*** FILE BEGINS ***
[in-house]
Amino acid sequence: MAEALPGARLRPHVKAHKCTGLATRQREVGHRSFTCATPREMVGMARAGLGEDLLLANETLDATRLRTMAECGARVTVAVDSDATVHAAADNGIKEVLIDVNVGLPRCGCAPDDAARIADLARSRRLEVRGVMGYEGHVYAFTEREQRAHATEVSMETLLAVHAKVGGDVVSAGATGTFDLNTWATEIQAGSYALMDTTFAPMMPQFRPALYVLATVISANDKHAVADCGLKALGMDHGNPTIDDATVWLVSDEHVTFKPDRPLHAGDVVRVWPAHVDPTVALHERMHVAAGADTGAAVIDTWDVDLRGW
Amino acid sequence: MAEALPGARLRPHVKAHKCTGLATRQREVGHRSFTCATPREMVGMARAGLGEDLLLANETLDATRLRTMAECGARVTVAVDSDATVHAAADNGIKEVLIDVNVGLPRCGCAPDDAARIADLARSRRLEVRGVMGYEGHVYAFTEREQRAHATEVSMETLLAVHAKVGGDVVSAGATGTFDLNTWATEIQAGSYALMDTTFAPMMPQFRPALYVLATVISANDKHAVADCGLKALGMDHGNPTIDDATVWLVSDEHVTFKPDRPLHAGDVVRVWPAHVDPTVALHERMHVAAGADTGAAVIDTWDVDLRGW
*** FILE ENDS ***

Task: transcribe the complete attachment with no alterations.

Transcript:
[in-house]
Amino acid sequence: MAEALPGARLRPHVKAHKCTGLATRQREVGHRSFTCATPREMVGMARAGLGEDLLLANETLDATRLRTMAECGARVTVAVDSDATVHAAADNGIKEVLIDVNVGLPRCGCAPDDAARIADLARSRRLEVRGVMGYEGHVYAFTEREQRAHATEVSMETLLAVHAKVGGDVVSAGATGTFDLNTWATEIQAGSYALMDTTFAPMMPQFRPALYVLATVISANDKHAVADCGLKALGMDHGNPTIDDATVWLVSDEHVTFKPDRPLHAGDVVRVWPAHVDPTVALHERMHVAAGADTGAAVIDTWDVDLRGW
Amino acid sequence: MAEALPGARLRPHVKAHKCTGLATRQREVGHRSFTCATPREMVGMARAGLGEDLLLANETLDATRLRTMAECGARVTVAVDSDATVHAAADNGIKEVLIDVNVGLPRCGCAPDDAARIADLARSRRLEVRGVMGYEGHVYAFTEREQRAHATEVSMETLLAVHAKVGGDVVSAGATGTFDLNTWATEIQAGSYALMDTTFAPMMPQFRPALYVLATVISANDKHAVADCGLKALGMDHGNPTIDDATVWLVSDEHVTFKPDRPLHAGDVVRVWPAHVDPTVALHERMHVAAGADTGAAVIDTWDVDLRGW